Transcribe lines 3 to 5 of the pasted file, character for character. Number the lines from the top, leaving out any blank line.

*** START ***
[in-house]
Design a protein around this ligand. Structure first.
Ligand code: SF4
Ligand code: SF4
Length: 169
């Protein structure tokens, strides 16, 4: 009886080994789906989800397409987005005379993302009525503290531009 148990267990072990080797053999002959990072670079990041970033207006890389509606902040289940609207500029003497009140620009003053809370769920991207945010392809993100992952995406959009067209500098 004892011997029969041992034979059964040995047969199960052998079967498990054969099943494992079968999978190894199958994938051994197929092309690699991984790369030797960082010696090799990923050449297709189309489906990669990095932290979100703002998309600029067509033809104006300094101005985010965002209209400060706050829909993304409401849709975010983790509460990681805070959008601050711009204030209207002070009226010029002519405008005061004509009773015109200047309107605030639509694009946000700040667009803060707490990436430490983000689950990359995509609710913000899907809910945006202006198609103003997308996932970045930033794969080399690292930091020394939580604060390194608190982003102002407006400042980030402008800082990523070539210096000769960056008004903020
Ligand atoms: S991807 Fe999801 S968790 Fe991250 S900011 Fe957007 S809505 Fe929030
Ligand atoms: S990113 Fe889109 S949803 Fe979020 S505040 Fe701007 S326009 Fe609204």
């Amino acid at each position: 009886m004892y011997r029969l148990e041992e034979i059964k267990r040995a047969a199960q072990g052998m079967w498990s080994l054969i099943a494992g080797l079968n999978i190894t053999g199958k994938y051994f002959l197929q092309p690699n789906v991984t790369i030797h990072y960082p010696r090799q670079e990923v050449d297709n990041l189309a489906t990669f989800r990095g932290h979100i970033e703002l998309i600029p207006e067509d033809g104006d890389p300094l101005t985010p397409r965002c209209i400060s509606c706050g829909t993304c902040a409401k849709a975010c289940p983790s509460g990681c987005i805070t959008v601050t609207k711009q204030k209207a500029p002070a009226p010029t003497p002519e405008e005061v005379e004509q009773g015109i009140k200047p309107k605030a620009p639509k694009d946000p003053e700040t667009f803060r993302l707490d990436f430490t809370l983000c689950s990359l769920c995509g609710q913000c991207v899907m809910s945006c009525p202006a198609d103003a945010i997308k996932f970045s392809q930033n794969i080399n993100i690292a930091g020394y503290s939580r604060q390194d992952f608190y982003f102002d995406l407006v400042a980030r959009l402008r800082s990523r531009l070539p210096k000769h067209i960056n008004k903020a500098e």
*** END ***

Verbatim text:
Ligand code: SF4
Ligand code: SF4
Length: 169